• So rather than relying solely on dry spices, I used a few in their whole form, specifically one whole nutmeg and a few sticks of cinnamon. My approach was to steep the whole spices in simmering evaporated milk. Cinnamon actually helps keep the milk from curdling as it simmers on a low flame. You will have to stir it some, but not much. I find this process gives you a highly aromatic pie.
  • The other next-level flavor tip is to brown your butter first. As a kid I used to watch my grandmother burn her butter, which I thought was weird, but hey my young self was only concerned about the end results, and Madear always delivered the goods. Browned butter is all the rage right now, but it’s simply overcooked butter that gives it a caramel-like flavor. The technique does matter as you don’t really want to burn the butter. Brown is good, black is whack.

Additional tips for consideration

  • Have several pie pans on hand to make several pies - One for you and multiple for your friends and family
  • Use fresh sweet potatoes not canned
  • Don’t bring pumpkin pie spice into the house let alone the kitchen. Cinnamon, nutmeg, ginger, and vanilla are your core black folks seasonings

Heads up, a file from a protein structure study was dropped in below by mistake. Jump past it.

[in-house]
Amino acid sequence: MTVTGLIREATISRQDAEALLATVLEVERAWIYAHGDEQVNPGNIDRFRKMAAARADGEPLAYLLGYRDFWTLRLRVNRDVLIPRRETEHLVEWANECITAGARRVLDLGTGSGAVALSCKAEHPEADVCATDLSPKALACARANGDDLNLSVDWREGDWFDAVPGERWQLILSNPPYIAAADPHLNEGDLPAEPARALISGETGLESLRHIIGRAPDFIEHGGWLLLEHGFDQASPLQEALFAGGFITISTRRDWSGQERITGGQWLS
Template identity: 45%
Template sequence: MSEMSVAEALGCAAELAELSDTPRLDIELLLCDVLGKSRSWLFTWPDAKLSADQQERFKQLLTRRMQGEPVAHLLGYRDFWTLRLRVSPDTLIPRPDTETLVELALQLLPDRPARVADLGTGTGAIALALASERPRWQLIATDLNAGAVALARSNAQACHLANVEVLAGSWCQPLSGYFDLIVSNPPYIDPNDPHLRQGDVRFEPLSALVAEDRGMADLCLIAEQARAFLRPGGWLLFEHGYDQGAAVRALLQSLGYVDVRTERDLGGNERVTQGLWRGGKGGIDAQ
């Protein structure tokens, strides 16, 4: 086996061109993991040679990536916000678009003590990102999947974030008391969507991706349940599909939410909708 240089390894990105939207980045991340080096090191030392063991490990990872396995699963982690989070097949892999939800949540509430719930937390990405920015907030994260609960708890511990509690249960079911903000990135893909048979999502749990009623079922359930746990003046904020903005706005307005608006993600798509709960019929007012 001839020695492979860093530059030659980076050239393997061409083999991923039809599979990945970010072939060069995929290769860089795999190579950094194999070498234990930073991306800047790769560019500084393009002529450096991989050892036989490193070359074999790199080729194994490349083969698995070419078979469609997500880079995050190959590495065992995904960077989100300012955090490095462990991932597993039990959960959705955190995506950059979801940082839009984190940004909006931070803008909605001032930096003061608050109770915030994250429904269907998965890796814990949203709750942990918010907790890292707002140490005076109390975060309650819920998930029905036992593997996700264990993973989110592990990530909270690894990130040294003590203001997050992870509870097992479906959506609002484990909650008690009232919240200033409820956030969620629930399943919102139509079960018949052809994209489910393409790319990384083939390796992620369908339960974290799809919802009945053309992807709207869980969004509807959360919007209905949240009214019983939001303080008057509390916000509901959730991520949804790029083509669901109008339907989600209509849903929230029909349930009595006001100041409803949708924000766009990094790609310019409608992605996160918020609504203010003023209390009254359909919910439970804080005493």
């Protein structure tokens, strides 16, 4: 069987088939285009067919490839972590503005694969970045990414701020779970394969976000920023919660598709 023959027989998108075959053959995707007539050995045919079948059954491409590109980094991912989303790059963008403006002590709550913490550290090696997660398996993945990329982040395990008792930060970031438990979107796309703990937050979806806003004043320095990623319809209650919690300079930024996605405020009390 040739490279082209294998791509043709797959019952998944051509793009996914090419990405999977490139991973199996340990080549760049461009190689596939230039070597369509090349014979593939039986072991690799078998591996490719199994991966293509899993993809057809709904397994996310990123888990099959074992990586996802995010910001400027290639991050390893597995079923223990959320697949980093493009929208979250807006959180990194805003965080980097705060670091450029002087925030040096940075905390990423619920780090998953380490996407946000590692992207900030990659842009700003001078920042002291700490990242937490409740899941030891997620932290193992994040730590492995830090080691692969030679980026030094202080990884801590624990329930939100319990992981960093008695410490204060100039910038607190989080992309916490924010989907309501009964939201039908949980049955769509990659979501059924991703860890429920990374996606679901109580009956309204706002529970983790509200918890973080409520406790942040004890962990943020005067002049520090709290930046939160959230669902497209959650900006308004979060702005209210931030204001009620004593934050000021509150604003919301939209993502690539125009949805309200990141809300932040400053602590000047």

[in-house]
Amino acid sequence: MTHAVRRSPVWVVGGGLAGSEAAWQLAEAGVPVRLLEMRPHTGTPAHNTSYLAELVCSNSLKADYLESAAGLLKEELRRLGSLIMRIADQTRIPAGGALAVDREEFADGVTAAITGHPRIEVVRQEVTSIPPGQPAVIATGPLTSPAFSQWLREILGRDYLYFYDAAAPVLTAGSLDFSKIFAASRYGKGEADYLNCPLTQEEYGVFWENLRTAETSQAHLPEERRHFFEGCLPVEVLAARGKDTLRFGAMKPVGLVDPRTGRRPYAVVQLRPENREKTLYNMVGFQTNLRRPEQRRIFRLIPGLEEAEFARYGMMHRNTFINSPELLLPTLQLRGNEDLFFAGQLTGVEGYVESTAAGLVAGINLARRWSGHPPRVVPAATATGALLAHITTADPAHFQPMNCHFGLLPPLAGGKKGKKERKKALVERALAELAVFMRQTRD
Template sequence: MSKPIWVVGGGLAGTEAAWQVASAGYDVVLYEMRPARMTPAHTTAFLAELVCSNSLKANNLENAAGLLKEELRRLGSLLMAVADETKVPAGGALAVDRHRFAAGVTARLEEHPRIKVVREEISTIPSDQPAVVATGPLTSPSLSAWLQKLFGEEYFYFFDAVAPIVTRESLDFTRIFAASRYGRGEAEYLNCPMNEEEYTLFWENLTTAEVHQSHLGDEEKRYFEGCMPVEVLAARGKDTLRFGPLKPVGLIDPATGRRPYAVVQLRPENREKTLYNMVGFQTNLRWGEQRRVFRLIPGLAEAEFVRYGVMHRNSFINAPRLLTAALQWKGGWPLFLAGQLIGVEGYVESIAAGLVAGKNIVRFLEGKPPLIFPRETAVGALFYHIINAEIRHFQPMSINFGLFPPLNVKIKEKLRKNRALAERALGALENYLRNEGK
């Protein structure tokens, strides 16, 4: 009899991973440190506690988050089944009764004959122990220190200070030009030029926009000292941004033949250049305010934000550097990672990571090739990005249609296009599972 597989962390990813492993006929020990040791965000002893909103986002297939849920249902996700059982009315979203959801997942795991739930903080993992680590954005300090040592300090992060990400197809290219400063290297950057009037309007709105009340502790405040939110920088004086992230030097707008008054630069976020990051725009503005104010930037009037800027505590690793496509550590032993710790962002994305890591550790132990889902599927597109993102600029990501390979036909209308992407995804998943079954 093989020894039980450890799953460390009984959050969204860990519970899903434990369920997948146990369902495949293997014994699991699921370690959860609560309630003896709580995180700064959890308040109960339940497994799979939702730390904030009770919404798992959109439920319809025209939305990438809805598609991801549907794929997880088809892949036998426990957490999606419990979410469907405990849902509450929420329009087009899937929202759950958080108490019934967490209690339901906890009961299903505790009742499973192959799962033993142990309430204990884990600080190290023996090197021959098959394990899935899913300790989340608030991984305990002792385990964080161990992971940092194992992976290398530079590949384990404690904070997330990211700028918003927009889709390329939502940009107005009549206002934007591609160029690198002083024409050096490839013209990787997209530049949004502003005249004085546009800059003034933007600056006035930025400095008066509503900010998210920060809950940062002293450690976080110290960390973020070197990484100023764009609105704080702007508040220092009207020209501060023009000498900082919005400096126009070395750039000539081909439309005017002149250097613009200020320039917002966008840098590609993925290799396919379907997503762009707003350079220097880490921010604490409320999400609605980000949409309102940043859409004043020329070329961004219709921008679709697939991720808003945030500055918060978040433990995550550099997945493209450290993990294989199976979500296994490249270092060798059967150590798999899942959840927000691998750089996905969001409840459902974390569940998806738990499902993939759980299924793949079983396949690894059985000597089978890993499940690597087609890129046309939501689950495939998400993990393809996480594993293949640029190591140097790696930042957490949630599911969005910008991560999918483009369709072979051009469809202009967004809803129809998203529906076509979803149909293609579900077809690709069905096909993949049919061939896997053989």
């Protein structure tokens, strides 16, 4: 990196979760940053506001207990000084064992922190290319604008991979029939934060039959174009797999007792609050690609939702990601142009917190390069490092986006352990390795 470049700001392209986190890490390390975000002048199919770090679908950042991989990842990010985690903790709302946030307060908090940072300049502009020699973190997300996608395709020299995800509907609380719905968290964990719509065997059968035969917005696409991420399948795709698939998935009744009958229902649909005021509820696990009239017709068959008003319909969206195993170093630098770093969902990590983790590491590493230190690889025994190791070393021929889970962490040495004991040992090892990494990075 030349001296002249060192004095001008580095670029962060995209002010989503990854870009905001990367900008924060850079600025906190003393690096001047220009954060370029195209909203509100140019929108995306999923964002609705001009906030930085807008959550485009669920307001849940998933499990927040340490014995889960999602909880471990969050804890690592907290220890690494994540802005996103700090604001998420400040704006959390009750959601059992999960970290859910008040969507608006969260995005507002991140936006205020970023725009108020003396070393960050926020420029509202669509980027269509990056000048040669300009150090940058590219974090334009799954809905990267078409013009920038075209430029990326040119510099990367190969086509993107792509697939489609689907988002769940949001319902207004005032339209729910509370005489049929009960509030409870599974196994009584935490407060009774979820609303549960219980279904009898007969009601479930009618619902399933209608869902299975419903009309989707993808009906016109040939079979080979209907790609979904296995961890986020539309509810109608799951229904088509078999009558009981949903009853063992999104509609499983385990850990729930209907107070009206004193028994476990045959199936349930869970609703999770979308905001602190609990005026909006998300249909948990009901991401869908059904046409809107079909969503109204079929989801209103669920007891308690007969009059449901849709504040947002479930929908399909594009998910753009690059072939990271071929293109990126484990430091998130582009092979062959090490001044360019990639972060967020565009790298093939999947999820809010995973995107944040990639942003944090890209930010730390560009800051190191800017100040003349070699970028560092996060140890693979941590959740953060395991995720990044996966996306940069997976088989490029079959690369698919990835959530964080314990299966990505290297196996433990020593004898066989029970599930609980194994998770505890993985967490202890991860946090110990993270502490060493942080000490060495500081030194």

• Keep the add-ins to a minimum. A little citrus (lemon juice and/or zest) or bourbon is ok, but stop with all the extra. Keep it simple and allow the chosen few ingredients to work together and harmonize.
  • Butter, yes please!
  • Evaporated milk, check. No harm if you want to make your own version using heavy cream or regular milk, but that canned stuff works magic.
  • Add eggs for that airy lightness.
  • Roast your sweet potatoes in their skins. You get a deeper, more intense flavor vs. boiling.

Frequently Asked Questions (FAQs)

Can You Use A Store-bought Crust For Southern Sweet Potato Pie?

You most certainly can. I’ve done it many times. I’m not a baker. I don’t even pretend to be one on TV. The exactness that baking requires stresses me out so much that even when I forgo store-bought I don’t even bother trying to come up with my own crust. Instead I just copied the pros over at Serious Eats for their Old Fashioned Flaky Crust recipe. But this ridiculous and fantabulous pie filling is all me babeeee!

Should I Boil or Bake the sweet potatoes?